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Laura Brodie, Ph.D.

Laura Brodie Ph.D.

Should Homeschooling Parents Have College Degrees?

You've got a GED. Are you ready to homeschool?

Here's a subject that can make tempers flare: homeschooling regulation. Some parents feel that our federal and state governments should keep their fingerprints completely off of homeschooling. Others believe that modest oversight on a state-by-state basis is acceptable. And then there are plenty of observers outside the homeschooling community who wonder: Why aren't home-educated children held to the same minimum standards as public school students? And shouldn't homeschooling parents be required to get teaching certificates, or college diplomas?

I'll consider the question of standards and testing for homeschooled children in a future post. For now, let's focus on the second issue: the qualifications of homeschooling parents. Homeschooling books and magazines often insist that all parents are capable of educating their children. Parents know their kids best, and are their natural teachers, right?

Not necessarily. While the vast majority of homeschoolers might be well-suited to "teach their own," not all parents are cut out for homeschooling. Not only does it require double doses of patience, humor, and the financial freedom for one parent to forego a fulltime job, homeschooling Moms and Dads need basic competency in English and math, and that's where the government tends to step in.

Most states require that homeschooling parents have high school diplomas or GEDs. Only one state, North Dakota, expects the parent-teacher to have a college degree, otherwise a family's homeschooling program must be monitored on a weekly basis by a certified teacher. My state, Virginia, used to include a college diploma as a requirement in its original homeschooling statute, but in 1996 this qualification was lowered to a high school diploma. (See Home Education Magazine for a state-by-state breakdown of regulations.)

Whenever I mention these facts to friends outside the homeschooling world, they tend to be shocked, saying things like : "Are you kidding?...A high school diploma or GED? Some people can get a GED without being able to read."

I admit that I share their skepticism. To me, the idea that parents with GEDs could, if they desired, turn around and teach high school to their children is setting the bar very low. More problematic is the fact that several states have almost no homeschooling regulations, including no specified qualifications for homeschooling parents--not even a basic elementary education.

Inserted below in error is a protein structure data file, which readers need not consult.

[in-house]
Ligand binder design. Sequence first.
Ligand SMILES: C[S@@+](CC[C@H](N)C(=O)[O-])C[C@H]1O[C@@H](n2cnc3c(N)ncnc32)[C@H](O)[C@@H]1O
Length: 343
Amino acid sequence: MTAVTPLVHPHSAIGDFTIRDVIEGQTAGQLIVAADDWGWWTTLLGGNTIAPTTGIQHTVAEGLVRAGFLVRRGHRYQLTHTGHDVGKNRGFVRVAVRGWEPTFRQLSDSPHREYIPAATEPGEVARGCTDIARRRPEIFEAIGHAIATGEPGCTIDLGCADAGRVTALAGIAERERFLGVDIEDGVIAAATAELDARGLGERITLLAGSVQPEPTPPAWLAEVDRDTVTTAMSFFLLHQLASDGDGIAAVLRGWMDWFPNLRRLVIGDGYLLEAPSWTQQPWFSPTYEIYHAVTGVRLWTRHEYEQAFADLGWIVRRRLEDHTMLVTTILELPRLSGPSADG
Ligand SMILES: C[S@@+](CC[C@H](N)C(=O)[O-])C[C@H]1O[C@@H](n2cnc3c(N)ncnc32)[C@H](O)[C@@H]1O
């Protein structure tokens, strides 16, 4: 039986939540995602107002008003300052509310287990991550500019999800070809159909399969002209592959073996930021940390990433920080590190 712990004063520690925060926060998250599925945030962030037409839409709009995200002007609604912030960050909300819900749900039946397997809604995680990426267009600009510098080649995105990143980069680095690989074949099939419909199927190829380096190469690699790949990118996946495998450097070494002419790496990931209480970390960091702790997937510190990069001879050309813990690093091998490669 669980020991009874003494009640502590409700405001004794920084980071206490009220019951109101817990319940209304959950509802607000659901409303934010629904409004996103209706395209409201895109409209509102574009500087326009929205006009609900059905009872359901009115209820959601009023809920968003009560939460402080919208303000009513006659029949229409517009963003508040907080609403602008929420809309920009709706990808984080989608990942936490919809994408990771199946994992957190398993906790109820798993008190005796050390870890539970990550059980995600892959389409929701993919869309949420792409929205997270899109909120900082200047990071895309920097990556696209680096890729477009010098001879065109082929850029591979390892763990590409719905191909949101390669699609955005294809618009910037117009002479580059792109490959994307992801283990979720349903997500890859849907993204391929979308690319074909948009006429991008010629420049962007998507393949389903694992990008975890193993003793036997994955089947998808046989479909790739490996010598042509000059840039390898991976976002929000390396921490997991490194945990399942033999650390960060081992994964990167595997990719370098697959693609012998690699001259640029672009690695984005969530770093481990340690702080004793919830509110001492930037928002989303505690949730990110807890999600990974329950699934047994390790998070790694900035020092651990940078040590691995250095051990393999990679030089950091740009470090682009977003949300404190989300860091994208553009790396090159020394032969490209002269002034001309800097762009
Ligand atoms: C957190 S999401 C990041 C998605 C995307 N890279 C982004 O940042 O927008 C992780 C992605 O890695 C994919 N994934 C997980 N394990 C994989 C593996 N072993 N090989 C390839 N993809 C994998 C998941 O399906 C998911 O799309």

Don't get me wrong-the vast majority of homeschoolers are bright, diligent parents who are well-qualified to teach their kids. My own brief sojourn into the world of homeschooling left me greatly impressed with the homeschoolers I met. And there are plenty of public schools that are doing a poor job teaching kids basic reading and math. When we talk about homeschooling regulation, the question is whether there are rules that can help minimize worst-case scenarios, and whether all children have the right to a basic level of education that should be ensured by the state.

Years ago I worked as a literacy tutor in my local community, and I saw how an inability to read can be passed from generation to generation. Children with parents who can not read often repeat the pattern, occasionally due to problems with dyslexia or various learning disabilities. At a minimum, should all states require that homeschooling parents demonstrate a certain level of literacy? Taking it further, should all homeschooling parents show that they can read and write English, or is it OK for a American child to receive no instruction in English, and be educated entirely in Spanish, or Japanese, or Arabic?

Because Americans value freedom and self-reliance, the idea of regulating any aspect of the parent-child relationship makes some people furious. Nevertheless, all Americans have an interest in breaking cycles of poverty and producing an educated citizenry. A college education might not be a fair requirement for homeschooling parents, but what does constitute a reasonable baseline?

In my next post, I'll share more of my own, constantly evolving, thoughts on the subject. But before I offer my opinions, I invite anyone who cares about this topic to voice their own:

How much education should a homeschooling parent be required to have? A high school diploma? A two-year associate's degree? A four year college degree? A teaching certificate?

Should all homeschooling parents be required to pass a test demonstrating their ability to read and write in English, and calculate math at a basic (say, fifth grade) level?

Is all regulation bad regulation?


About the Author

Laura Brodie, Ph.D.

Laura Brodie, Ph.D., teaches English at Washington and Lee University.